Environmental Impact and Life Cycle Assessment of Economically Optimized Thermal Insulation Materials for Different Climatic Region in Iraq

  • Abstract
  • Keywords
  • References
  • PDF
  • Abstract

    Environmental pollution is one of the biggest problems facing the world, even it is the most dangerous. Therefore, it becomes necessary to combine all efforts to reduce or eliminate it. Iraq is at the forefront of countries that suffer from major environmental problems. The present study aims to perform a comparative environmental assessment for three commonly available thermal insulation materials in Iraq namely expanded polystyrene (EPS), extruded polystyrene (XPS), and rock wool (RW) to select least environmental impact material. A cradle to gate life cycle assessment is performed to assess the environmental impact of each insulation material taking into account manufacturing, transportation, and installation and disposal stages. A life cycle assessment program SimaPro is used to model thermal insulation materials during its life cycle. A life cycle impact analysis method CML 2001 has been selected to assess the environmental aspects associated with two global damage categories as ozone layer depletion and global warming and two regional damage categories as acidification and eutrophication. Economically optimized amount of each insulation material is selected to represent the functional unit of life cycle assessment. The results illustrate that the EPS has the lower contribution in all environmental impact categories for all climatic regions. So, the EPS can be select as a proper thermal insulation material for the building sector from an economic and environmental perspective. The results of LCA are used to determine the amount of CO2 can be reduced per meter square of the exterior wall by using the economical amount of EPS during the lifetime of insulation material. The environmental impact results show that using EPS will contribute in CO2 emission reduction at about 81.5 % in all climatic regions in Iraq.


  • Keywords

    Building, Economical amount of insulation material, Environmental impact, Life cycle assessment, Thermal insulation material.

  • References

      [1] Abusoglu, A., and Sedeeq, M. S., 2013, Comparative exergoenvironmental analysis and assessment of various residential heating systems: Energy and Buildings, 62:268-277.

      [2] Ameen, S. K., 2016, Determination of optimum insulation thicknesses for buildings in Iraq by using degree-hour method: Süleyman Demirel University, 156 p.

      [3] Ardente, F., Beccali, M., Cellura, M., and Mistretta, M., 2008, Building energy performance: A LCA case study of kenaf-fibres insulation board: Energy and Buildings,40:1-10.

      [4] Bolatturk, A., 2008, Optimum insulation thicknesses for building walls with respect to cooling and heating degree-hours in the warmest zone of Turkey: Building and Environment,43:1055-1064.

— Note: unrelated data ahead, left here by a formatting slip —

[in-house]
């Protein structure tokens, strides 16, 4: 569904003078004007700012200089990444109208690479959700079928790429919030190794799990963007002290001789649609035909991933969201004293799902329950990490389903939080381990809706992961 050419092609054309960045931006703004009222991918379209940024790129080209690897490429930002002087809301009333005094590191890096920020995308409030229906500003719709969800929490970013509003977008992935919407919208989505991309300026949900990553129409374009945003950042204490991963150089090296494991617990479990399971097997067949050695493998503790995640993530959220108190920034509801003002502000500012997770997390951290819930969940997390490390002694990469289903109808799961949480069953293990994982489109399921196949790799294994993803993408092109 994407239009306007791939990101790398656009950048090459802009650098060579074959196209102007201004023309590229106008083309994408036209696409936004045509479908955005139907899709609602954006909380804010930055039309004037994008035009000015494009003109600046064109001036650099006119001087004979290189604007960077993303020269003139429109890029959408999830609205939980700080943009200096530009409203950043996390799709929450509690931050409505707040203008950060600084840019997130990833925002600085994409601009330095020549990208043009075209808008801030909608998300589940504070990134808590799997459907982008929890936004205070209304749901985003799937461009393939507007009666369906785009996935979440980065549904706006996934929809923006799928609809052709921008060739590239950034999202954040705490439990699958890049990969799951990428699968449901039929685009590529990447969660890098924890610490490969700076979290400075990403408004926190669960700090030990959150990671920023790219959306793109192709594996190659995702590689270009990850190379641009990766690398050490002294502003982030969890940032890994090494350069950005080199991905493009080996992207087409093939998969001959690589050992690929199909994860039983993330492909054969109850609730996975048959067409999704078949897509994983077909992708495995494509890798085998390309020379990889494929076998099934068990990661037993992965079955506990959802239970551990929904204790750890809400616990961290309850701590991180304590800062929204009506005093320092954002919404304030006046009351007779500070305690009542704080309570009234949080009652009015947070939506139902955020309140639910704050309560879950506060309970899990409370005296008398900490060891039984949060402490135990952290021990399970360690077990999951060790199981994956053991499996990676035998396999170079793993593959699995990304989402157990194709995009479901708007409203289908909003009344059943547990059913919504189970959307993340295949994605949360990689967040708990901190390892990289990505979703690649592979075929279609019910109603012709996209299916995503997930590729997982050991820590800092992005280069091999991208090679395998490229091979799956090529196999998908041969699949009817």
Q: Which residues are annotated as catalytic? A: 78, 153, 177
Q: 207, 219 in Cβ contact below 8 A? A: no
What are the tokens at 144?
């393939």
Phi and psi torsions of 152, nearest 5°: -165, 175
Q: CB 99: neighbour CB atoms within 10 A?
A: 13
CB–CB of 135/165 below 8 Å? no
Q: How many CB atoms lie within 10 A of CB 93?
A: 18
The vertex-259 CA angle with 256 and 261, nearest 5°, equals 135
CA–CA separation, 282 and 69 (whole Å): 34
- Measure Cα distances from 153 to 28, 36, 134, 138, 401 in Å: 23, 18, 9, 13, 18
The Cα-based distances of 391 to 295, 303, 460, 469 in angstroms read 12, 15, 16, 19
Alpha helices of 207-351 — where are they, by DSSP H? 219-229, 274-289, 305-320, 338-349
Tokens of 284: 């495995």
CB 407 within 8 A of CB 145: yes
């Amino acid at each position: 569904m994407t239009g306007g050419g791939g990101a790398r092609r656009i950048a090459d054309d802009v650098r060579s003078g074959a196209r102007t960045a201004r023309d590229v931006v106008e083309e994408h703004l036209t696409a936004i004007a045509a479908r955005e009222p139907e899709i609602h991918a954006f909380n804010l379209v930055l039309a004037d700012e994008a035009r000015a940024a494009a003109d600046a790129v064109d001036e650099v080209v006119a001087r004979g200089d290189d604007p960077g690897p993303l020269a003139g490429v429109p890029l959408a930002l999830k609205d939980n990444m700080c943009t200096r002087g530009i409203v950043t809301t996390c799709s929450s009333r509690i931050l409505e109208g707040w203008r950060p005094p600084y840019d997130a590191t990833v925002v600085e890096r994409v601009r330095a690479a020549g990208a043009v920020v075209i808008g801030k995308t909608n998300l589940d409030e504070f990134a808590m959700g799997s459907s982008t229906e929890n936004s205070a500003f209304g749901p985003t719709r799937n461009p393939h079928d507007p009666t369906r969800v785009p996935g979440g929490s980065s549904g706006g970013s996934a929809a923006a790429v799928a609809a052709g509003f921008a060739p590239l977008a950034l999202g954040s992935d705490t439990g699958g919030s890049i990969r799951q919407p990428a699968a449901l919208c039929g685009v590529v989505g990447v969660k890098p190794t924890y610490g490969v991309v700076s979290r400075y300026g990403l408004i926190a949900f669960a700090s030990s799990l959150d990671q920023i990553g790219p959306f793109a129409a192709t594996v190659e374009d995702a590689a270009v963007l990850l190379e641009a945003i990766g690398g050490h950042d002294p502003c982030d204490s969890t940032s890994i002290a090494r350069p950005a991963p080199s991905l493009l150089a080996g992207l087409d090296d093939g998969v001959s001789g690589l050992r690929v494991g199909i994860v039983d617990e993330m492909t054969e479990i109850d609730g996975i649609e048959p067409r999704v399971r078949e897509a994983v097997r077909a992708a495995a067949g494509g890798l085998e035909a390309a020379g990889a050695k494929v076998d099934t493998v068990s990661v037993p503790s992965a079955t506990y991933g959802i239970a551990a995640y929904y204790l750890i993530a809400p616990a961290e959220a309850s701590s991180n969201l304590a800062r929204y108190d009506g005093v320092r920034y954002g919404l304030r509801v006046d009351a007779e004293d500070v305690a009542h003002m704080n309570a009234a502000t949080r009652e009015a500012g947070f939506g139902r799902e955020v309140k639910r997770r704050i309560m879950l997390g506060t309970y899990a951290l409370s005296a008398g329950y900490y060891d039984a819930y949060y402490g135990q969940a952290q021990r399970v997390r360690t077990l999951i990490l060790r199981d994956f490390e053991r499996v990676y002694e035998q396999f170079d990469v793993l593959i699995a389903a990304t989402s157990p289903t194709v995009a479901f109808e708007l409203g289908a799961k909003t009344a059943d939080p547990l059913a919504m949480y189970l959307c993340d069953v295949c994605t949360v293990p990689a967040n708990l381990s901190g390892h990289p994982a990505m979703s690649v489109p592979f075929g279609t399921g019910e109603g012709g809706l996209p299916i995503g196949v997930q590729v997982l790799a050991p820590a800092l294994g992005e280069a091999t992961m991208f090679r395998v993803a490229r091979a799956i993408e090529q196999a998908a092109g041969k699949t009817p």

[5] Consultants, P., 2013, SimaPro Life Cycle Analysis version 7.2 (software).

      [6] Cooperation, I. M. o. P. a. D.,2009,Energy Statistics in Iraq

      [7] Electricity, I. M. O.,2018,Statistical data of the Ministry of Electricity

      [8] Environment, I. M. o.,2013,Report of environmental state in Iraq

      [9] Inventories, S. C. f. L. C., 2010, Ecoinvent database v 2.2.

      [10] Kameni Nematchoua, M., Ricciardi, P., Reiter, S., and Yvon, A., 2017, A comparative study on optimum insulation thickness of walls and energy savings in equatorial and tropical climate: International Journal of Sustainable Built Environment, 6:170-182.

      [11] Kaynakli, O., 2012, A review of the economical and optimum thermal insulation thickness for building applications: Renewable and Sustainable Energy Reviews, 16:415-425.

      [12] Kurekci, N. A., 2016, Determination of optimum insulation thickness for building walls by using heating and cooling degree-day values of all Turkey’s provincial centers: Energy and Buildings, 118:197-213.

      [13] Liu, X., Chen, Y., Ge, H., Fazio, P., Chen, G., and Guo, X., 2015, Determination of optimum insulation thickness for building walls with moisture transfer in hot summer and cold winter zone of China: Energy and Buildings, 109:361-368.

      [14] Nematchoua, M. K., Raminosoa, C. R. R., Mamiharijaona, R., René, T., Orosa, J. A., Elvis, W., and Meukam, P., 2015, Study of the economical and optimum thermal insulation thickness for buildings in a wet and hot tropical climate: Case of Cameroon: Renewable and Sustainable Energy Reviews,50:1192-1202.

      [15] Organization, I., 2006, ISO 14040:2006 - Environmental management - Life cycle assessment - Principles and framework.

      [16] Papadopoulos, A. M., and Giama, E., 2007, Environmental performance evaluation of thermal insulation materials and its impact on the building: Building and Environment, 42:2178-2187.

      [17] Pargana, N., Pinheiro, M. D., Silvestre, J. D., and de Brito, J., 2014, Comparative environmental life cycle assessment of thermal insulation materials of buildings: Energy and Buildings, 82:466-481.

      [18] Schmidt, A. C., Jensen, A. A., Clausen, A. U., Kamstrup, O., and Postlethwaite, D., 2004, A comparative Life Cycle assessment of building insulation products made of stone wool, paper wool and flax: The International Journal of Life Cycle Assessment, 9: 53-66.

      [19] Wati, E., Meukam, P., and Nematchoua, M. K., 2015, Influence of external shading on optimum insulation thickness of building walls in a tropical region: Applied Thermal Engineering, 90:754-762.




Article ID: 24094
DOI: 10.14419/ijet.v7i4.37.24094

Copyright © 2012-2015 Science Publishing Corporation Inc. All rights reserved.